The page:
Though I've grown to more or less enjoy writing Domino applications, I always feel like this is in spite of the tools, namely Designer. In a lot of ways, Designer has improved significantly over the last couple versions: as long as you ignore the speed, the Eclipse-ified Java and LotusScript editors are miles ahead of the antiquated previous ones, and it's handy to be able to switch to the Java perspective. However, so much else makes it a drag:
- It's a Windows app. I use a Mac, so there's simply a big hurdle to using Designer. Parallels has smoothed the process greatly - running Notes in Coherence mode means I can use my preferred OS while still getting work done. However, it means that it's a big to-do whenever I want to make any tiny change in the code. For day-to-day work stuff, I can get a lot done in the Mac Notes client, since I put in a lot of work to make managing client web sites doable without going to the design side, and the Mac client still lets you edit views and agents. However, there's no XPages editor, so I can't use that for serious work.
- It has a mind of its own. For some reason, a new clean install of Designer I made the other day got it into its head that opening any database should involve recompiling every XPage and Java class. Sometimes, it turns off "Build Automatically" for no reason, and then turning that back on also requires a full recompilation. Sometimes, it just holds up all user actions while it does... something for five minutes. What's it doing? Beats me.
- How many times have I seen this window? A billion?
Removing a database from the project list has about a 30% chance of causing a crash and quitting Designer has about a 50% chance. Sometimes, saving a form will do it. Sometimes, walking away from the computer to get a drink is enough. And every time it crashes, I have to dismiss the dialogs and check the task manager to get rid of any residual processes, such as an instance of nsd pegging a processor, then relaunch Notes and get back to the environment I had, which is not a speedy process.
- I'm not that crazy about Eclipse. DDE is better than previous Designers, yes, but Eclipse is still a giant beast with the same sense of style and simplicity as the monstrous Java language that spawned it. On the plus side, the blue look that IBM came up with is actually rather attractive compared to the standard Eclipse UI, but little quality-of-life things are a drag. For example, how do you specify how many spaces a tab should take up visually? It's in a couple places in the preferences and you have to set them all, including buried inside a weird sub-preferences dialog for messing with your Java formatter. And how about changing your code syntax coloring? You have to go to a dozen places, one for each syntax type. Compare to a text editor like TextMate, where you can swap between packaged color schemes with a drop-down.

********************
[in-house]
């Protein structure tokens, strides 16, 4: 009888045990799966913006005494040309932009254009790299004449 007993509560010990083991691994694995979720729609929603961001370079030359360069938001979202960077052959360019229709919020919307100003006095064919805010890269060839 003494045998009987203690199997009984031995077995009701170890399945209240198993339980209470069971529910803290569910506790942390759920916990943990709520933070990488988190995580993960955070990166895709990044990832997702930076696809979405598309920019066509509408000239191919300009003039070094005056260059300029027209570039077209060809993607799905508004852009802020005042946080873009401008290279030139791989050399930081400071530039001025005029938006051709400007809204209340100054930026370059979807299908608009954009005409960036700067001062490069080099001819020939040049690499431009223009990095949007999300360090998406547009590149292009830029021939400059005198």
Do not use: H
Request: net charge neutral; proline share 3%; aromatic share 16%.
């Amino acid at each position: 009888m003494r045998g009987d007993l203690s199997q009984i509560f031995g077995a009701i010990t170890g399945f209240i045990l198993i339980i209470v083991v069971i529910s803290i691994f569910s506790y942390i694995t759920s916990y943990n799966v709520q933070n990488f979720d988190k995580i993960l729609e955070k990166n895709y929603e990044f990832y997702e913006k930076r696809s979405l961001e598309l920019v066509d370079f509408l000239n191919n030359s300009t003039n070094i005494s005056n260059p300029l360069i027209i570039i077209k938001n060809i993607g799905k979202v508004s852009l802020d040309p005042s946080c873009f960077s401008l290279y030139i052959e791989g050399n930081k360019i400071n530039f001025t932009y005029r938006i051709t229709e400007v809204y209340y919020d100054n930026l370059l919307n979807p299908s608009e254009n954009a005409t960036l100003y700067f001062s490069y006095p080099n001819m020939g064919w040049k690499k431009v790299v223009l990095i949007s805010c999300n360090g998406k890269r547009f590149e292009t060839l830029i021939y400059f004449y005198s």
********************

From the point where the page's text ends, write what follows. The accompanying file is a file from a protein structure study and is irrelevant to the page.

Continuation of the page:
That's enough for the rant. So what is there to do about it? I give this problem a thought from time to time, and I don't think there's really a great option, but there are some places to start. The real key to any alternative scheme is DXL - using that, you can (more or less) view and modify design elements freely. I've toyed with this notion before - maybe a web UI that lets me pick the DB and design element I want so I can tweak the DXL manually for when I want to make a quick change but don't already have Windows or Designer open. It would mostly work, but it would take a lot of work to make it practical.
There's a big sticking point, too: XPages. If you export an XPage to DXL, you can see that the exporter basically punts on it - it's exported as a generic "note" type with Base64-encoded binary fields. I haven't run the field data through a decoder, so maybe one of them is the XML "source" of the page, and maybe it could be made to work, but that just raises more questions. Would that require updating the other binary fields in some way? Would importing it with a DXL importer cause it to generate and compile the Java representations? What about generic Java classes? Would those work with DXL and would they be compiled?
I'm starting to get an idea of what would be ideal and almost practical, though. One could write a WebDAV server (possibly with a complex servlet, a small web server to the side, or other trickery) that represents the design elements as editable files in a folder structure similar to the Java perspective view of the database. Traditional files and image resources could be edited as-is (which I think the built-in WebDAV server does), but design elements could be represented just as DXL and then re-imported when modified. Even if it doesn't support XPages, such a scheme might have a lot of promise and wouldn't be reliant on Designer or any other IDE.
If I ever get brave enough to delve into WebDAV or frustrated enough with Designer, I might just look into it myself.